See also Attitudes to Slavery: Texts and Sources
H-NET BOOK REVIEW 01-11-00Published by H-AfrLitCine@h-net.msu.edu (November, 2000)
Helena Woodard. _African-British Writings in the Eighteenth Century: The Politics of Race and Reason_. Westport: Greenwood Press, 1999. xxiii + 171 pp. Bibliographical References and Index. $59.95 (cloth), ISBN 0-313-30680-X.
Reviewed for H-AfrLitCine by Dayna Oscherwitz
<email@example.com>, The University of Texas at Austin
In her introduction to the text, Helena Woodard announces _African-British Writings in the Eighteenth Century_ as an exploration of "how the Enlightenment reasons race" and as an examination of "eighteenth-century African-British writings that uniquely underscore the mediative function of race between literature's historical role as a tool for instruction and certain social conditions that profoundly complicate that role" (xiii). This dual goal of exploring the discourse on race of an entire century and of exploring how selected texts participate in that discourse on race is an ambitious one, but it is one that Woodard, in general, meets admirably.
The more general exploration of the role of race in Enlightenment thought is treated in chapter one of the text. Here, Woodard uses the Great Chain of Being and Alexander Pope's _Essay on Man_ as a springboard into her analysis of the eighteenth-century conception of the world, and the function of race in that world. Woodard argues that the Chain's inherently hierarchical presentation of reality, and Pope's commentary on that hierarchy as logical, justifiable and divinely ordained created an intellectual and philosophical environment in which, without much of a leap, the enslavement of Africans based on the color of their skin could be seen as part of a divine plan.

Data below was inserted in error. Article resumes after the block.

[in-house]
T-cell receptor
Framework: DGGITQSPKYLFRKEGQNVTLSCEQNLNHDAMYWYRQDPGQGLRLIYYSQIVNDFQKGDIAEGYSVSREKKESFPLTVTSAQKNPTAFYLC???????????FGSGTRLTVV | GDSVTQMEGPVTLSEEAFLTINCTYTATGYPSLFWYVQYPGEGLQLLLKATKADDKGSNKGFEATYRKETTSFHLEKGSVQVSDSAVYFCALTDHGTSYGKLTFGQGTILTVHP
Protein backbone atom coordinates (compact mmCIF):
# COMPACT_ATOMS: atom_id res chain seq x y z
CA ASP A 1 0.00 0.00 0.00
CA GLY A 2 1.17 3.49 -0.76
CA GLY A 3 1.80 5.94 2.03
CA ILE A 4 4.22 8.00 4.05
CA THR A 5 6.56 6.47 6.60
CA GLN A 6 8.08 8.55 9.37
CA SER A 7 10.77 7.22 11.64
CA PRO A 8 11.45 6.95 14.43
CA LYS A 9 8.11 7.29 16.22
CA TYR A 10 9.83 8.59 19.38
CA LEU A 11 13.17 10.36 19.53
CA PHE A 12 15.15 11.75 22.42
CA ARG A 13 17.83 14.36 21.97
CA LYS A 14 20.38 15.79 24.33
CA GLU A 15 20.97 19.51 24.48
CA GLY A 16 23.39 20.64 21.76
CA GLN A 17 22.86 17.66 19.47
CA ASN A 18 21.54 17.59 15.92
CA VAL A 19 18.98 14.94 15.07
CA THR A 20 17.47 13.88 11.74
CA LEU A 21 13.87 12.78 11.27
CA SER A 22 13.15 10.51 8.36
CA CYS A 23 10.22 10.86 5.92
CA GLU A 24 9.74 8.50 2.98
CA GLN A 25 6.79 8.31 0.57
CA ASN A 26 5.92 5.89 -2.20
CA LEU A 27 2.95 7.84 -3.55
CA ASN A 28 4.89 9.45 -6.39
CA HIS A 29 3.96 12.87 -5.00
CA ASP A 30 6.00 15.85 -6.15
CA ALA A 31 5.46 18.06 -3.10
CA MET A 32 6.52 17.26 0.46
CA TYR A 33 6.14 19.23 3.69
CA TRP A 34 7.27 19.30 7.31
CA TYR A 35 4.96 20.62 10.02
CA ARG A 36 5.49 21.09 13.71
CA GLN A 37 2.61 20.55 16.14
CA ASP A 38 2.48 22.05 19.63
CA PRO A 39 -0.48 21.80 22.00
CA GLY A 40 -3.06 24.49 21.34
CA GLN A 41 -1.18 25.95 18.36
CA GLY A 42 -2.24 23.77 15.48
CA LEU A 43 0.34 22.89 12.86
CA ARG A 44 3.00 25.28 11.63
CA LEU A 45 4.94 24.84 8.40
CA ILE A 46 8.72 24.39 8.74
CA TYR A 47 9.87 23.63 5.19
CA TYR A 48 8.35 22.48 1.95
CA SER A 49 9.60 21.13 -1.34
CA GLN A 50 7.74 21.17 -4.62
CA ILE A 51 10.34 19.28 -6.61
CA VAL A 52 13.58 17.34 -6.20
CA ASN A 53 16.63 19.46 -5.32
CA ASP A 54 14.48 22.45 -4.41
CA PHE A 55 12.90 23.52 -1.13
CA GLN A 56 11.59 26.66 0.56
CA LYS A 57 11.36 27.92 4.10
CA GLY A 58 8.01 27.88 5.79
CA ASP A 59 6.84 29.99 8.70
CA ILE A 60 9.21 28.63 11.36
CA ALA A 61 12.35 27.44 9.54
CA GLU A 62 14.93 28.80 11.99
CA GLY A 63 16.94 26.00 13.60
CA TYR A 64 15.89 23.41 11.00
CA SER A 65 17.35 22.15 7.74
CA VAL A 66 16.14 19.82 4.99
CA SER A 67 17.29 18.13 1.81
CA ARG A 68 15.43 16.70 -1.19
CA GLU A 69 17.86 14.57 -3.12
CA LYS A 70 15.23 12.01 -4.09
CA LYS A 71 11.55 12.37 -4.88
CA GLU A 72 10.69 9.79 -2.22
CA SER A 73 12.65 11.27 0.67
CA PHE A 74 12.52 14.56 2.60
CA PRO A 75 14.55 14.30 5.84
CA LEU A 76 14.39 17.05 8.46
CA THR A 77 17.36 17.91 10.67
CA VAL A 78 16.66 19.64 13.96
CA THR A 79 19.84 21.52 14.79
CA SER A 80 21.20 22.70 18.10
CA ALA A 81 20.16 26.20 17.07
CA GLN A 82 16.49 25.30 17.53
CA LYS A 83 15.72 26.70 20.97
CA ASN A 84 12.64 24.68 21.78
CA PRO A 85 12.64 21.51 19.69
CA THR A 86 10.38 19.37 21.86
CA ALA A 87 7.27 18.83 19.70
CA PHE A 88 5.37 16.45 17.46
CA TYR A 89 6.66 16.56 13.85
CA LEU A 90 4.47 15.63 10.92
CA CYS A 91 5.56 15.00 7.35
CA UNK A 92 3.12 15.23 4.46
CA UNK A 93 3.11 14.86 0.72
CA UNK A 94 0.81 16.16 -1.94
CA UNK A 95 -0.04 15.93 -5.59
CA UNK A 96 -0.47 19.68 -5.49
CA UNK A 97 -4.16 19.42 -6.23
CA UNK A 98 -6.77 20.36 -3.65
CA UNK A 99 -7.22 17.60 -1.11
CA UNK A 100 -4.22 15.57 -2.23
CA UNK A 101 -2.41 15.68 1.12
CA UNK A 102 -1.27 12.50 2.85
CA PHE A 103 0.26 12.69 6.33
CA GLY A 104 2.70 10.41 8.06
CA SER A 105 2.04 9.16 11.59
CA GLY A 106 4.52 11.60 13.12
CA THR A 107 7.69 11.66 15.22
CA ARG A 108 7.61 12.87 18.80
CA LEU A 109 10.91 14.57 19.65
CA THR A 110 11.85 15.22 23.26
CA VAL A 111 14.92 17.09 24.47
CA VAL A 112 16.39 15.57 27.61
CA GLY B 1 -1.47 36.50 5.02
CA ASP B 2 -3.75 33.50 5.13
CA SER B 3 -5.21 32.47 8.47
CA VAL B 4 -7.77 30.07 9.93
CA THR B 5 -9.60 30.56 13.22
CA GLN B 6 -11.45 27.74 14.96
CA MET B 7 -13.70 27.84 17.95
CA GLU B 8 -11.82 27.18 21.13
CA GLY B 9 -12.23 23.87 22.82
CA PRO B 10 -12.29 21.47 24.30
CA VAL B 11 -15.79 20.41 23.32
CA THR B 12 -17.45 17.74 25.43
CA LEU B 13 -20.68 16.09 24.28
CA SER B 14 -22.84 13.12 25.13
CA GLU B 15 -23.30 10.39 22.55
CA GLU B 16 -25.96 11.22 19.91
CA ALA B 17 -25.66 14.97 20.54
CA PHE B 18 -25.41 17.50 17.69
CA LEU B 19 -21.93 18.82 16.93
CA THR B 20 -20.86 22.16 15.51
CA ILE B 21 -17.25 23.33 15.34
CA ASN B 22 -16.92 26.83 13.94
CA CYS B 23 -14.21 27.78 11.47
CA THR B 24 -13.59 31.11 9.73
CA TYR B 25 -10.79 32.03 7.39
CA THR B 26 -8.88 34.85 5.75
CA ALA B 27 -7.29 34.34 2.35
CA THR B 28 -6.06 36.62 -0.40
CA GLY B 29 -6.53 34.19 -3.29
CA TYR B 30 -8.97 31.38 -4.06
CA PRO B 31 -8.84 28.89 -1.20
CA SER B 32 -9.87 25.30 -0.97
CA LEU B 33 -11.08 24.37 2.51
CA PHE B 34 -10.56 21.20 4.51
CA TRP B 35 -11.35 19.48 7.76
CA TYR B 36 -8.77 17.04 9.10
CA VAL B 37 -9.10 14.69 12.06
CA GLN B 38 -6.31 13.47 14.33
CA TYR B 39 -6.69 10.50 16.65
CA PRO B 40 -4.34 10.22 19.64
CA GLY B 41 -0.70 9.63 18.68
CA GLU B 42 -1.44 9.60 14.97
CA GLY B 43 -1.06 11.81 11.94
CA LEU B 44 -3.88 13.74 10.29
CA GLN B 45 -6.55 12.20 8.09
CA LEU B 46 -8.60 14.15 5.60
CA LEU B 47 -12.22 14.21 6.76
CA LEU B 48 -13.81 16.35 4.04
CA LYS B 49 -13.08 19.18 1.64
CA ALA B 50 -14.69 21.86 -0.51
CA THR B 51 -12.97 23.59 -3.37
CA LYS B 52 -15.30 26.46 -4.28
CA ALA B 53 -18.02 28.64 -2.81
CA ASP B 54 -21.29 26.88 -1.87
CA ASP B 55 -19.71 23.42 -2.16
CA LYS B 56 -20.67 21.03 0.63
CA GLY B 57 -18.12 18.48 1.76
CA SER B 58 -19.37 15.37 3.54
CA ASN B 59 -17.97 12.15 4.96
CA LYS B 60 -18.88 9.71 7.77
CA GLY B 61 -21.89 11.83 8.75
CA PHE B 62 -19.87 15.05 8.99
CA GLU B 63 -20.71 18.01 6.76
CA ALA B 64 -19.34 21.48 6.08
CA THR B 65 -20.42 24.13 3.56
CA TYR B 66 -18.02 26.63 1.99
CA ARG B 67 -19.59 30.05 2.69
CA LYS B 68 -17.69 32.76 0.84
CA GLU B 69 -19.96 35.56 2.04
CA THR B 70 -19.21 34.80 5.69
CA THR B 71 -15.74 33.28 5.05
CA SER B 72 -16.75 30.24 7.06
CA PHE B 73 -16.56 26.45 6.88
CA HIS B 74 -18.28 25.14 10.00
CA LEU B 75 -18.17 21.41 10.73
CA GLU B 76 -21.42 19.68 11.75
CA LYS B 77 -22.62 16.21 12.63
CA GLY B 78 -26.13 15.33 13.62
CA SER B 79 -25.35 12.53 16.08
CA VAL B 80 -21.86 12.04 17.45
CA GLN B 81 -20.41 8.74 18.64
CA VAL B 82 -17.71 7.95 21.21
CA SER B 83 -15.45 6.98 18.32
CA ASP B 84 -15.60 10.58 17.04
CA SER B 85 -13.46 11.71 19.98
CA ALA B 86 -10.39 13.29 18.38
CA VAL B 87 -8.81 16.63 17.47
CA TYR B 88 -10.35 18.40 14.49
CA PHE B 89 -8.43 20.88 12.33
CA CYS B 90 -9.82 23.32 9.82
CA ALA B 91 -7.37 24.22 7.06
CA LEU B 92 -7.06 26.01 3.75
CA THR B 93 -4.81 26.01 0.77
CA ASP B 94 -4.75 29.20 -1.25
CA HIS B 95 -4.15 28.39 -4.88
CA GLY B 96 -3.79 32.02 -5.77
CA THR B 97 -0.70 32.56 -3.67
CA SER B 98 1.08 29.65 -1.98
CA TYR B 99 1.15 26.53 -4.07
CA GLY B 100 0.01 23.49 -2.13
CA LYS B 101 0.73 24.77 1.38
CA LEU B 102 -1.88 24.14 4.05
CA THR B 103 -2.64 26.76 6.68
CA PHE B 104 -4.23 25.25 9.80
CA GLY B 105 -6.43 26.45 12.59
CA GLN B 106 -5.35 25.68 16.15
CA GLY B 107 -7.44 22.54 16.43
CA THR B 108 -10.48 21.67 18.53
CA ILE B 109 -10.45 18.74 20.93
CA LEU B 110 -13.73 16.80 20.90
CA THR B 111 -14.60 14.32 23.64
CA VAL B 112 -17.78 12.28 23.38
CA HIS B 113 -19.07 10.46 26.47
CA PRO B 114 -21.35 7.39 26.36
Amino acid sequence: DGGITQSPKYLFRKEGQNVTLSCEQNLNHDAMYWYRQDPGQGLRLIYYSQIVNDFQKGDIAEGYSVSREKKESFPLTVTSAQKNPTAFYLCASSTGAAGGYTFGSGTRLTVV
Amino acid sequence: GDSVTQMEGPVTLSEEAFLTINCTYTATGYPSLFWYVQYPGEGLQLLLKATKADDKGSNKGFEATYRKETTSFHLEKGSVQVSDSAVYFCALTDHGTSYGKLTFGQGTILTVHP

Although, as Woodard is careful to point out, there is no explicit endorsement of race-based slavery in Pope or in the conception of the Chain of Being, there is sufficient discussion of natural hierarchies and divine order to allow for and sustain such an interpretation.
From her exploration of the Great Chain of Being in general, and Pope's treatment of it in particular, Woodard goes on to trace the same hierarchical world-view in other eighteenth-century works, including Samuel Richardson's _Pamela, Thomas Gray's "Elegy Written in a Country Churchyard" and other works of Pope's. Furthermore, she links the development of the Great Chain and the hierarchical theory of humanity to specific historical and economic developments in England, to formulate a theory of how the discourse of race evolved at precisely the moment when England's financial 'needs' encouraged the development of African slavery. While Woodard's analyses are sound, and the points she makes valid, there is so much material covered in this chapter that much of the force of her argument is lost. Specific details of how the texts she examines support either the hierarchical vision of humanity, or how they participate in the development of a discourse on race are not given, nor is a close analysis of the social and economic realities of the development of the British slave trade. The result is that this chapter is perhaps the weakest in the book. In fact, for any reader who does not possess a detailed knowledge of the texts treated or of the political and economic situation in eighteenth-century England, Woodard's exploration of the development of the discourse on race could be confusing or even unconvincing.
After dealing with the concept of race during the Enlightenment in general, Woodard devotes the remainder of her book to an exploration of the discourse on race in specific works by African-British writers. In general, the texts she treats are autobiographical slave-narratives by emancipated Africans, but she does, in addition, make comparisons between these texts and those written by more canonical British writers. These chapters, certainly because of their more narrowed focus, are much more clear and persuasive, and carry the force of Woodard's study of race in eighteenth-century England.